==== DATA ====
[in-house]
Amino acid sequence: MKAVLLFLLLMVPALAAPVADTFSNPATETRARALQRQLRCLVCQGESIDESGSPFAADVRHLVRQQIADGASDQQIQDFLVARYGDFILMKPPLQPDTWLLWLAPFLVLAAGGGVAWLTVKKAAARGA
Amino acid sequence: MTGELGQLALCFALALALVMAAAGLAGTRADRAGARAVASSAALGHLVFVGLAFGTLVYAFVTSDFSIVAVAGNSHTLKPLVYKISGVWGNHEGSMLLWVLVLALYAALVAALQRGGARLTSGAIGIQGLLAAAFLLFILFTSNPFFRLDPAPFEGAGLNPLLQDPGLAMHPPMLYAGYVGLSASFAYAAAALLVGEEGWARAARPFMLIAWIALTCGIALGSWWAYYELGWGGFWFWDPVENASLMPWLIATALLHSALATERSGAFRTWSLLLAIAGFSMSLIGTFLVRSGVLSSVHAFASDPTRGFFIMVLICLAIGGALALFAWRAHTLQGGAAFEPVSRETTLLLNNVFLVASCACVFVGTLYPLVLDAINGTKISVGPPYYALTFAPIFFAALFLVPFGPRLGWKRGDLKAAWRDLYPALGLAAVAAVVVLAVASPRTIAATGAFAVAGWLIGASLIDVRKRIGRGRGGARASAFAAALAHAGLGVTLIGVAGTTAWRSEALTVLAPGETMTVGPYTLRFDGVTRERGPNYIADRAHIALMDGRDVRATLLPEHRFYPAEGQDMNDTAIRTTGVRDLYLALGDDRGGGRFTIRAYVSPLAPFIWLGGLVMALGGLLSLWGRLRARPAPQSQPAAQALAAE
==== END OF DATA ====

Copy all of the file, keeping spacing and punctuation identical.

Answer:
[in-house]
Amino acid sequence: MKAVLLFLLLMVPALAAPVADTFSNPATETRARALQRQLRCLVCQGESIDESGSPFAADVRHLVRQQIADGASDQQIQDFLVARYGDFILMKPPLQPDTWLLWLAPFLVLAAGGGVAWLTVKKAAARGA
Amino acid sequence: MTGELGQLALCFALALALVMAAAGLAGTRADRAGARAVASSAALGHLVFVGLAFGTLVYAFVTSDFSIVAVAGNSHTLKPLVYKISGVWGNHEGSMLLWVLVLALYAALVAALQRGGARLTSGAIGIQGLLAAAFLLFILFTSNPFFRLDPAPFEGAGLNPLLQDPGLAMHPPMLYAGYVGLSASFAYAAAALLVGEEGWARAARPFMLIAWIALTCGIALGSWWAYYELGWGGFWFWDPVENASLMPWLIATALLHSALATERSGAFRTWSLLLAIAGFSMSLIGTFLVRSGVLSSVHAFASDPTRGFFIMVLICLAIGGALALFAWRAHTLQGGAAFEPVSRETTLLLNNVFLVASCACVFVGTLYPLVLDAINGTKISVGPPYYALTFAPIFFAALFLVPFGPRLGWKRGDLKAAWRDLYPALGLAAVAAVVVLAVASPRTIAATGAFAVAGWLIGASLIDVRKRIGRGRGGARASAFAAALAHAGLGVTLIGVAGTTAWRSEALTVLAPGETMTVGPYTLRFDGVTRERGPNYIADRAHIALMDGRDVRATLLPEHRFYPAEGQDMNDTAIRTTGVRDLYLALGDDRGGGRFTIRAYVSPLAPFIWLGGLVMALGGLLSLWGRLRARPAPQSQPAAQALAAE